Saturday, July 23, 2016

LATEST POKÉMON GO Server Crash Deliberate

What is most feared by patrons of popular massive multiplayer online games has come to pass even for Niantic’s and the Pokémon Company’s collaborative entry effort of Nintendo in the mobile gaming arena. And it’s only bound to happen again in the future. Then again, it’s to be expected these days with the massive multinational launch being undertaken of late; from debuting in the US, Australia and New Zealand the first day, “Pokémon Go” now covers over 30 countries. So it came as no surprise when the app crashed anew on Saturday July 16.

This time around however, the loss of service may have been deliberately and maliciously triggered. In a series of tweets a group calling itself PoodleCorp not only claimed that it was responsible for the “Pokémon Go” server crash via Distributed Denial of Service (DDOS), but that it was implying a repeat performance in the immediate future.

Nintendo and especially developer Niantic has kept mum on the true cause of the crash on Saturday, passing it off as the usual inevitable problem of overloaded servers due to the exponentially increasing number of users. System messages on Niantic’s website merely urged players to be patient for system patches, with not a peep of possible hostile activity against the app servers.

For the dwindling few who are still not up to speed, “Pokémon Go” is the hottest mobile game the world over, and the most downloaded app in both Google Play and the Apple Store, at over 10 million times between the two sources. The game works by using map and GPS functions to both virtually populate the player’s surroundings with the franchise’s adorably cute Pokémon creatures, but also designate landmarks like parks and buildings as in-game locations called Poke-stops – where players receive supplies of random in-game items every fixed time intervals – and Pokémon Gyms where players can battle using their captured Pokémon, which is superimposed on the mobile devices’ camera feeds through augmented reality.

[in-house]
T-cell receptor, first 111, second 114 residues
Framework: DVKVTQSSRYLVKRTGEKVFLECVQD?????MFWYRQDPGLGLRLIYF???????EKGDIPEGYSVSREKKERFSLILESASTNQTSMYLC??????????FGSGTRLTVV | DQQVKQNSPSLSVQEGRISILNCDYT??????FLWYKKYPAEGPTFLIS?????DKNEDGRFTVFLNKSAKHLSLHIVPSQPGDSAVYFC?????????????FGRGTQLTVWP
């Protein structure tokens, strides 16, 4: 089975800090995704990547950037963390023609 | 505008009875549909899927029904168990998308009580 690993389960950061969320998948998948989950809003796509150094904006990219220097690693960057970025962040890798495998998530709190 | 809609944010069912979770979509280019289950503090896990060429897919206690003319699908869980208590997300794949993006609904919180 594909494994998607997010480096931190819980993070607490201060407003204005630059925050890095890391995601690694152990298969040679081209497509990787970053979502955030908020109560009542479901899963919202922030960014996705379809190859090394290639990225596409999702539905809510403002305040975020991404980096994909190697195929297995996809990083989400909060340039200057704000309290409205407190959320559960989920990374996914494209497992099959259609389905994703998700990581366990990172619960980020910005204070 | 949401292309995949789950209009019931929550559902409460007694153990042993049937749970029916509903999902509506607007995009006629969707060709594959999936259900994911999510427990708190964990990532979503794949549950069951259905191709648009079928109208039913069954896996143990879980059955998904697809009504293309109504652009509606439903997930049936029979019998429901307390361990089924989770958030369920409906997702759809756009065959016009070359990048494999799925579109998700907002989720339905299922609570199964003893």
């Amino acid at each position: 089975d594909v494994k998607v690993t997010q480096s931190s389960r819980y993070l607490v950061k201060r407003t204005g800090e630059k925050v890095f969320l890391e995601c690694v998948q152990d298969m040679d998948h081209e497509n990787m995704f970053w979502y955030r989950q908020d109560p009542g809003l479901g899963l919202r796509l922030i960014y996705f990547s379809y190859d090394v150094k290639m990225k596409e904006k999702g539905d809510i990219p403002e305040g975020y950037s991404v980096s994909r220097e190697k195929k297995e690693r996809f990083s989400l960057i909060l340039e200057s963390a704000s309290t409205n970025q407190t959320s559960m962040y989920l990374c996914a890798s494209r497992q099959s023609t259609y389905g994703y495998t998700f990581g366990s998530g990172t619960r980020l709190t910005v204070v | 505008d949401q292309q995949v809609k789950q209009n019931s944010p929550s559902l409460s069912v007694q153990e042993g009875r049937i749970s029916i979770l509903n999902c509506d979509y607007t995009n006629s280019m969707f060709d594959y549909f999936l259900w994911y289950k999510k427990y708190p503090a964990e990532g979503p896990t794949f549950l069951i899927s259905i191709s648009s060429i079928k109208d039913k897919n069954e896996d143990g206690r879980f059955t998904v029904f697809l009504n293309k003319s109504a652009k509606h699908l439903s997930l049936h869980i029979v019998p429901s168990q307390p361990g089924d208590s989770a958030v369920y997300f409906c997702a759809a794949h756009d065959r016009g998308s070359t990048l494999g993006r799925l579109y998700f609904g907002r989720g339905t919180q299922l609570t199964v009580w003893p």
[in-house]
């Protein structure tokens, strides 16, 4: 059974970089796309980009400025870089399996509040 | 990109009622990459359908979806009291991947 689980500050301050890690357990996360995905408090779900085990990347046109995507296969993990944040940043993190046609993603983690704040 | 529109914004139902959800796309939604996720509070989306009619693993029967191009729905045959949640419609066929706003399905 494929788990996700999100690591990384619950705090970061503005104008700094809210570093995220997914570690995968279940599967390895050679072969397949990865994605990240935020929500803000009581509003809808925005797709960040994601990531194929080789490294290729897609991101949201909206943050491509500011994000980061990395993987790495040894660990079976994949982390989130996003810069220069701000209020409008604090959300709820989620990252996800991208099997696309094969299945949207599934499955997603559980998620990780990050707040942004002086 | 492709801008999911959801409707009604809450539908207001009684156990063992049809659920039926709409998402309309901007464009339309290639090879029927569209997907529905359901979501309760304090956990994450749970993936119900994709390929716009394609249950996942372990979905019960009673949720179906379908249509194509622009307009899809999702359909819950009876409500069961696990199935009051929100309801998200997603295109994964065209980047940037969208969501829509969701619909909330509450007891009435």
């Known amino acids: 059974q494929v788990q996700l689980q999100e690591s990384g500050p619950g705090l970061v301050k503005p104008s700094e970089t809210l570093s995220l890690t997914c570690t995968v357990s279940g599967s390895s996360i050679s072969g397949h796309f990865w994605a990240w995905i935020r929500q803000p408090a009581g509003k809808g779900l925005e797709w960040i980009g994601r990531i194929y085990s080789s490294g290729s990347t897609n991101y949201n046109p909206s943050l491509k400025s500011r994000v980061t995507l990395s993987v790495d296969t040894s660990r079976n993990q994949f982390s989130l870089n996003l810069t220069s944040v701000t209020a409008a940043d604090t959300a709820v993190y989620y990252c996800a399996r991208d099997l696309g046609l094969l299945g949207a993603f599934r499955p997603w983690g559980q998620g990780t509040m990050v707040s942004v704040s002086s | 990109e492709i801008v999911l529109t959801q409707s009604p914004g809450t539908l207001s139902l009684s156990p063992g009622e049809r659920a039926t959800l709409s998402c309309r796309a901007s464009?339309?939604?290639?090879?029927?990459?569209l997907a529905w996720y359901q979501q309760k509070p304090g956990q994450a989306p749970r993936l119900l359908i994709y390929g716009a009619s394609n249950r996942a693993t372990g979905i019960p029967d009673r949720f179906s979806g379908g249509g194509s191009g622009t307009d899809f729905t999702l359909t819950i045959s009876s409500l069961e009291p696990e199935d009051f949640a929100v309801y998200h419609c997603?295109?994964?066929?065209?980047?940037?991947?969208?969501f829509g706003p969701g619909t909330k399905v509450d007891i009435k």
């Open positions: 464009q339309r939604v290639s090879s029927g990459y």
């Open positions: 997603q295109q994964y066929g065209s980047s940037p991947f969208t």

Some help of sorts is on the way for devoted “Go” players. Forbes reports that Pokémon franchise fans who also happen to be engineers have banded together to form a startup company out of New York, managing a website called that pretty much answers the question in its name. By tracking the availability of “Pokémon Go” servers and waiting time for logins, the site can reliably tell visitors when the app is in smooth waters or threatening to come crashing down yet again.

To give an example, uses a “Pokémon Go’ trainer account to check login speed every half-minute and the server response. If a login lasts over 8 seconds, a warning is issued on the site; over 15 seconds and it’s bound to go critical. Other indicators measure server performance to better predict the likelihood of another crash, although site creator Vianney Tran assures that danger indications to not necessarily mean a guaranteed loss of service.

With the handy website available, “Go” players may have a bit of advance warning as “Pokémon Go” flexes its processing muscle with every new country it launches in, and with the lingering presence of hackers like PoodleCorp to cause further trouble.

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